There are many things that are considered to be of great value.
Patricia Mabviko Musanhu
These vary from individual to individual and perhaps from time to time and place to place.
I was mulling over this issue this past week wondering what it is that could be considered the most valuable asset when it comes to human development and human progress.
How possible is it that one can use this asset to achieve a measure of progress when militated by “insurmountable challenges” as is the situation in Zimbabwe today? This thought was triggered by information that I came across on “Innovation Prize for Africa,” (IPA), a competition which is running until midnight October 31 2014.
The competition is open to anyone who is African and will submit an innovative idea or project that has the potential to empower and transform entire African communities bringing about sustainable change. This initiative is the brainchild of a non-profit making organisation called Africa Innovation Foundation, (AIF), based in Zurich, Switzerland.
How much of this initiative is a challenge and how much of it is an opportunity when you consider the Zimbabwean situation? Most of us are familiar with the following quotes “You are what you think”, as a man “thinketh in his heart, so is he,” and “The mind is everything, what you think you become.”
Napoleon Hill phrased it differently “There are no limitations to the mind except those we acknowledge.” If indeed what you think is what you become, then the mind must be considered the most valuable asset as it is the place where new, progressive ideas are birthed and subsequently brought to life.
I believe Innovation Prize for Africa is offering Zimbabweans an opportunity to break out of limitations and come up with new ideas that will take the country and the continent forward. It is an opportunity for Zimbabweans to arise and demonstrate as Mary Shelley would put it that “invention does not consist in creating out of void but out of chaos”.
Zimbabwean born Aulora Suerga Stally, who is the Communications Manager for Africa Innovation Foundation, is excited about this opportunity and encourages Zimbabweans from all walks of life to take advantage of this opportunity as it has the potential to transform the life of an individual as well as communities on the African continent.
“We are using this competition as a platform to recognize and promote ground breaking ideas in Africa. Last year’s winners, for example, received additional funding of US$11 million from the international community in addition to winning the first prize of US$150 000,” she said.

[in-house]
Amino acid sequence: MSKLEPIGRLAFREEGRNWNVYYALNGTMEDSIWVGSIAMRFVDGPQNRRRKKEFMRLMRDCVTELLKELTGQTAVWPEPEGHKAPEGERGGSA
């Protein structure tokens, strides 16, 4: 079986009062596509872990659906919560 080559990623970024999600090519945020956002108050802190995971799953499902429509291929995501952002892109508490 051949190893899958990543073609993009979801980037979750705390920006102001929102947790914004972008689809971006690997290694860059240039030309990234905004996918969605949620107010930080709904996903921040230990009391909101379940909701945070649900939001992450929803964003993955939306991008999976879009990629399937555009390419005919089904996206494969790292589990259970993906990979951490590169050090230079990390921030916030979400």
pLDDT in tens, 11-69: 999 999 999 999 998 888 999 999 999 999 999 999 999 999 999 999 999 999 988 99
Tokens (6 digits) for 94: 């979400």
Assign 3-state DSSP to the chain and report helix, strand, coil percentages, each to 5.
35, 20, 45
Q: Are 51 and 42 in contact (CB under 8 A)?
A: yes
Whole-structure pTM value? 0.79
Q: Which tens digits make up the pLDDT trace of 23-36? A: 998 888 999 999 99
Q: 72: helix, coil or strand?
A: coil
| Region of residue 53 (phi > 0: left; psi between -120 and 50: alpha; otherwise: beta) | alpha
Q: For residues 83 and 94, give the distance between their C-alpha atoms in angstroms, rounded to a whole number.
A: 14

Aulora said that women and young people are particularly invited to participate as they are usually left out of mainstream activities.
“Zimbabwe should not be left behind. We are calling for entries in agriculture and agribusiness, environment energy and water, health and wellbeing, ICT applications, manufacturing as well as service industries,” she added. The winning projects are selected by a panel of judges who are representative of the African continent. Amongst other things, the judges will be looking for originality, marketability of the project, scalability, social impact as well as the technological or scientific significance of the project.
“I am encouraging as many Zimbabweans as possible to take advantage of this opportunity that has the potential to put Zimbabwe on the map. This is not a competition for scientists. It is for anyone who is willing to think outside the box and come up with an idea that will address the myriad of challenges we are facing on the continent. ”
The award, which was launched in 2009, has had three prize winners to date. Professor Mohamed Sanad won in 2012 after creating a new in -phone and mobile antennae that operates across all frequency bands overcoming challenges faced by existing antennas.
In 2013, an AgriProtein team from South Africa won after devising a method to use water and fly larvae to produce natural animal feed.
The second prize winner in 2014, Logou Minsob from Togo, received US$25 000 after creating a Foufou Mix machine which was judged as an innovation with the best business potential. The machine is a food processor designed to replace the mortar and pestle used to prepare Foufou, a popular West African dish.
I believe it is time for Africa to tap into its human potential to find solutions to the challenges that are standing in the way of development instead of looking to the outside world for financial assistance. Innovation Prize for Africa is definitely an opportunity for a Zimbabwean to break new ground! For more information on this competition as well as how to apply visit www.innovationprizeforafrica.org
Patricia Mabviko Musanhu is a Company Director/Producer at Black and White Media Productions. She can be contacted at firstname.lastname@example.org